Over half of family feuds due to inheritance disagreements

Avoid a family feud by leaving clear instructions to the executor of your estate.
Avoid a family feud by leaving clear instructions to the executor of your estate.

Play the peacekeeper of your family even in death by ensuring you leave behind a legal Will with clear instructions to the executor of your estate. Recently released findings on family feuds claim that 60% of long-standing splits in families are due to disputes over inheritance.

The study, conducted by relationships sociology Dr Jo Ann Bridle, found that the most common reason for families being split into two factions is fighting over a Will. Other common causes of family feuds include taking sides after a messy divorce, snubbing certain family members by not inviting them to large events such as weddings, and refusing to forgive family members after arguing.

The study found that most family feuds are never resolved. Once the people most central to the dispute die, remaining family members are often unable to form lasting bonds with those on the other side of the fight, though many try to organise reunions.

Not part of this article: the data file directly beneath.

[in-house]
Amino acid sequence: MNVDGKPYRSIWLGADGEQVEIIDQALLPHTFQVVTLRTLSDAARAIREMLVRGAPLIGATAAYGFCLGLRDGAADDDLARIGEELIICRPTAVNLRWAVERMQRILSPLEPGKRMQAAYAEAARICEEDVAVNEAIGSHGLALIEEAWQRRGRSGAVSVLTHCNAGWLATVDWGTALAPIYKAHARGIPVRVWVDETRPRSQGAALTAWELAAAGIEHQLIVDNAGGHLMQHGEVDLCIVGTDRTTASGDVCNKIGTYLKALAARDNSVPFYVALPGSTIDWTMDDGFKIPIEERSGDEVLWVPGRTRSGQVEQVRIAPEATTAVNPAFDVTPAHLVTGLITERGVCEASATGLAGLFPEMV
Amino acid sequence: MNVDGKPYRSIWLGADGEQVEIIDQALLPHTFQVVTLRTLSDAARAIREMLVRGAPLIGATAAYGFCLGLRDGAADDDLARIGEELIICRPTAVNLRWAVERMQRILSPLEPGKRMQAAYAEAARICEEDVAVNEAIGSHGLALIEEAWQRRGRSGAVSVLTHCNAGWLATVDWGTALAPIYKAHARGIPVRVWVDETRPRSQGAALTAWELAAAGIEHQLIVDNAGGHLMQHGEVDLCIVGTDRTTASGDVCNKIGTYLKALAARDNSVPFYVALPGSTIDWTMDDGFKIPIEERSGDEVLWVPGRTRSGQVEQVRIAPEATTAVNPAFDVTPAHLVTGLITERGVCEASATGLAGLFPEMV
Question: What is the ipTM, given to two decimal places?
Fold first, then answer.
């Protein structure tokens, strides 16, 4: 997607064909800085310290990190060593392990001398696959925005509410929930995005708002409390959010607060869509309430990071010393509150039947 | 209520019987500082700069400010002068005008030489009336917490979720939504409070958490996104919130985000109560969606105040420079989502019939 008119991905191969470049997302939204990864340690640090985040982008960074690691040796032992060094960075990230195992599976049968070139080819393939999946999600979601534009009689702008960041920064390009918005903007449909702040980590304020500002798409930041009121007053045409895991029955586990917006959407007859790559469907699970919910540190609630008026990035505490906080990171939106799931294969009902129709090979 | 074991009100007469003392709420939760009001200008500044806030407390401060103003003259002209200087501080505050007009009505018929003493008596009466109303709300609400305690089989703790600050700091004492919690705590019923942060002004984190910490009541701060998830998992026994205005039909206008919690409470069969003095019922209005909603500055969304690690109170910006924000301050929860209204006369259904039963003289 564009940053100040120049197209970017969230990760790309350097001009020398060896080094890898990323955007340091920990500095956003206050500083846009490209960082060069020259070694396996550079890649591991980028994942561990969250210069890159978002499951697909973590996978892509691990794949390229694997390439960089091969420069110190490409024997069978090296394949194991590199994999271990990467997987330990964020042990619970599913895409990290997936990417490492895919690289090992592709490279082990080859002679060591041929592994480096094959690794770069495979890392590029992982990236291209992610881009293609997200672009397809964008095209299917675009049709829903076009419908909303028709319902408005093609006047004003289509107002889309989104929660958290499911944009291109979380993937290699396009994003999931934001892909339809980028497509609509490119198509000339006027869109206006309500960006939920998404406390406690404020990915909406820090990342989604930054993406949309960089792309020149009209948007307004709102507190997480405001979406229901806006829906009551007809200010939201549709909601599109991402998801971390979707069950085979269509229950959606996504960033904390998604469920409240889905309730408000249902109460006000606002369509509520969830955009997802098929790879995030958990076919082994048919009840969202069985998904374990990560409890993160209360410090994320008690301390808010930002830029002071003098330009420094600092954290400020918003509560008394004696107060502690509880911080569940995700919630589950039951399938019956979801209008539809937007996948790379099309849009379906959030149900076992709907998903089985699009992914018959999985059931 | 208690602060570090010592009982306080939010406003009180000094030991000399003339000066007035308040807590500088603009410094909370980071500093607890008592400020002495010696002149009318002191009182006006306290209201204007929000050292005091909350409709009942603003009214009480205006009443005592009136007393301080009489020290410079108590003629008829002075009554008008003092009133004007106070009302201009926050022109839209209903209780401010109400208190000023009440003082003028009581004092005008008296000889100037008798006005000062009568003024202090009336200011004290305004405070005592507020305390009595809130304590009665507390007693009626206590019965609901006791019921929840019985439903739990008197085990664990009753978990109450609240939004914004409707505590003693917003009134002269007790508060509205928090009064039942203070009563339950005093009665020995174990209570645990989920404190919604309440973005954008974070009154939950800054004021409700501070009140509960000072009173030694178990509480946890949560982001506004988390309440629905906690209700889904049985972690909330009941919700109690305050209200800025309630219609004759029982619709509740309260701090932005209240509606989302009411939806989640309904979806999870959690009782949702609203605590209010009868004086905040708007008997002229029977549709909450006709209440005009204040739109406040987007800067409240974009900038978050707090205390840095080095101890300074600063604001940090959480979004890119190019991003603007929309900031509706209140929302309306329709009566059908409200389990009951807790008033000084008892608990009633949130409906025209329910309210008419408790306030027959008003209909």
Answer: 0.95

Some of the families in the study had feuds going back decades. One notable case involved two siblings being unable to agree on who should get their deceased mother’s vehicle. While the mother had made a Will, she did not update it after purchasing her luxury car. The siblings lost twice the value of the car in the ensuing court proceedings.

Dr Bridle says that she was not surprised by the findings, as money often comes between familial bonds.

“In a lot of cases, it was thought that there would be no dramas in splitting assets of a deceased family members, but you often get one person deciding to go after a bigger slice of the pie despite a history of getting along fantastically with other family members,” she says.

“Often the whole issue could have been avoided, had the deceased person left behind a Will. There is just too much room for interpretation when it is not in writing. A verbal agreement can hold up legally, but it is not going to do the family relations any favours.”